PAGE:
a separate paragraph for each unit where feasible to avoid possible confusion. This case
illustrates why these practices are preferred.
unreasonable." Id. at 923 (internal quotation marks and citation omitted). Because the same
officer here filed the probable cause affidavit and participated in the execution of the warrant
based on the affidavit, we must decide whether the officer's reliance on the warrant was
entirely unreasonable notwithstanding the magistrate's decision to issue the warrant.
The good faith exception necessarily assumes that police reliance on a warrant can be objectively reasonable despite the lack of probable cause. Emphasizing this point, the Court of Appeals majority reasoned from the premise that "[w]e would . . . emasculate the exception if, in practice, we equate the reasonableness of the officer's belief with the establishment of probable cause in the affidavit." Figert, 683 N.E.2d at 1320. Equally critical, however, is that the good faith exception not "be so broadly construed as to obliterate the exclusionary rule." Dolliver v. State, 598 N.E.2d 525, 529 (Ind. 1992); see also Lloyd v. State, 677 N.E.2d 71, 78 (Ind. Ct. App. 1997) (Najam, J., dissenting) ("If a mere hunch were sufficient to support an official belief in the validity of a warrant, the good faith exception would swallow the constitutional prohibition against unreasonable search or seizure . . . ."), reh'g denied, trans. denied. In persuading the Court of Appeals that the exception was available here, the State pointed to four considerations that it claimed illustrated reasonable reliance on the warrant: (1) the homes were in close proximity in a "U" shape; (2) the homes were in a rural area; (3) the homes were owned by the same person and had the same address; and (4) a large number of unidentified individuals were living in and frequenting the three homes. Without further explanation, the Court of Appeals held that "the officers executing the warrant . . . could reasonably believe that probable cause to search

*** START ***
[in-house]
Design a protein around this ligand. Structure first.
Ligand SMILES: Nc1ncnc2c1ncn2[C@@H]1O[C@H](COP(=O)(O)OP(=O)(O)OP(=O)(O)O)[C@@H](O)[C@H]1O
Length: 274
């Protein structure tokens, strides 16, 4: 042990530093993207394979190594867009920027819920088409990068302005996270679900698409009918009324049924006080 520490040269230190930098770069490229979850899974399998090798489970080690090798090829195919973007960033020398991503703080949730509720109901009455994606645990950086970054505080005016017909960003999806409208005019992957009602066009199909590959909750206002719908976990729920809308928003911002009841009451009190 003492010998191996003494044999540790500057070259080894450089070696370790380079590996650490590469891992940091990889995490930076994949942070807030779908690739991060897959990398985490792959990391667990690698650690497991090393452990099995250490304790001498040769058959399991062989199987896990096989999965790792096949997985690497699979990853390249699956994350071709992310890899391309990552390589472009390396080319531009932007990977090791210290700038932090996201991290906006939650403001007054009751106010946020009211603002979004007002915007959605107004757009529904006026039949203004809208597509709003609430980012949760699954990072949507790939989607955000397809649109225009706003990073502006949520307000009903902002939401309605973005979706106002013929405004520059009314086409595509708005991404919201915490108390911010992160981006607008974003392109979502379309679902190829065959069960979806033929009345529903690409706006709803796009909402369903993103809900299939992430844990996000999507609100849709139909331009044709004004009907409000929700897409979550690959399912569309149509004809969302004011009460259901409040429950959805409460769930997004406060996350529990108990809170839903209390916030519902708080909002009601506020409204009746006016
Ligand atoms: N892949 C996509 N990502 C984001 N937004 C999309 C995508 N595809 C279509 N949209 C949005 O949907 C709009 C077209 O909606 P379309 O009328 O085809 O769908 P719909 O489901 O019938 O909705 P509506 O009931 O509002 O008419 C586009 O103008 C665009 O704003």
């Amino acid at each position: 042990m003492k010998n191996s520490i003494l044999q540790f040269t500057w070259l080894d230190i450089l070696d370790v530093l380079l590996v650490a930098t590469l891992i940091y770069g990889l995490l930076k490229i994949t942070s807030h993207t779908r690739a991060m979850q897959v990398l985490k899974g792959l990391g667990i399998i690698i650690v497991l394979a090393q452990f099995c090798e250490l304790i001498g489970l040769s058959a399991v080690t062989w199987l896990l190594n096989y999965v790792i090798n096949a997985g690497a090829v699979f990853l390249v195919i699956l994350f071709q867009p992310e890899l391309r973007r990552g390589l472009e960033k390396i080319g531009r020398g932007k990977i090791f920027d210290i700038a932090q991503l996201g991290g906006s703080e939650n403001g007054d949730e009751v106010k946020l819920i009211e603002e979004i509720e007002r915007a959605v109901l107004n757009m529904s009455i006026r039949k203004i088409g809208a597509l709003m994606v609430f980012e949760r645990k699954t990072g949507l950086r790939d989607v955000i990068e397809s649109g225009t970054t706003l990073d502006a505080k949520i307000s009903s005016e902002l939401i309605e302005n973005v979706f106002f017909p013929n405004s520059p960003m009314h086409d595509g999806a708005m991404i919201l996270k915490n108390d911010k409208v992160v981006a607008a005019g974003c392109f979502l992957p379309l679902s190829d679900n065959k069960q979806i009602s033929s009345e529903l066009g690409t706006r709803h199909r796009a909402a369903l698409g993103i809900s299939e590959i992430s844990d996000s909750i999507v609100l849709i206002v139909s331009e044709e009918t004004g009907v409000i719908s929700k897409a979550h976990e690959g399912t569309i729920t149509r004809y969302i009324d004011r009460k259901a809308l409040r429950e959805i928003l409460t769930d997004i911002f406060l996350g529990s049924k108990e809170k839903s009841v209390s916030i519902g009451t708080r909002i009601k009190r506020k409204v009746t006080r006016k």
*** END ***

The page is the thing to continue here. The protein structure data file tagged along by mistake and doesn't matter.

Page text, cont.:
a conclave consisting of the three trailers and accumulated junk cars located at a particular
address had been established through the indicia presented by [the officer's] personal
experiences and observations." Figert, 683 N.E.2d at 1320-21.
We disagree. The first and the third of these factors apply to any multiunit rental facility. The second is irrelevant: Hoosiers who live in rural areas are entitled to no less protection against invasion of their homes. The fourth, assuming it applied to the third home, is in and of itself innocuous. Probable cause clearly existed with respect to the first two homes, and the totality of the circumstances established some suspicion or possibility of a joint drug-dealing enterprise at the Farm. But this is not enough. The affidavit did not allege any facts linking the third home to the surrounding criminal activity. The lack of any nexus is a critical point in assessing the reasonableness of the officer's reliance on the warrant. Cf. Stabenow v. State, 495 N.E.2d 197 (Ind. Ct. App. 1986) (holding that cocaine seized pursuant to search of defendant's car was not admissible under good faith exception because affidavit did not establish connection between car and criminal activity). Objective good faith "requires officers to have a reasonable knowledge of what the law prohibits." Leon, 468 U.S. at 919 n.20 (citation omitted). As Judge Staton observed in dissent, police officers are generally aware, or at least are charged with knowing, that probable cause is required to search a dwelling. Since 1905, the General Assembly has prescribed specific requirements for the form and content of probable cause affidavits in this state. 1905 Ind. Acts, ch. 169, § 57. The most recent statute was enacted in 1981 in a major recodification of the criminal code. 1981 Ind. Acts, P.L. 298, § 2; codified at Ind. Code § 35-33-5-2 (1993). Police
compliance with the statute in the vast majority of cases has bred familiarity with so basic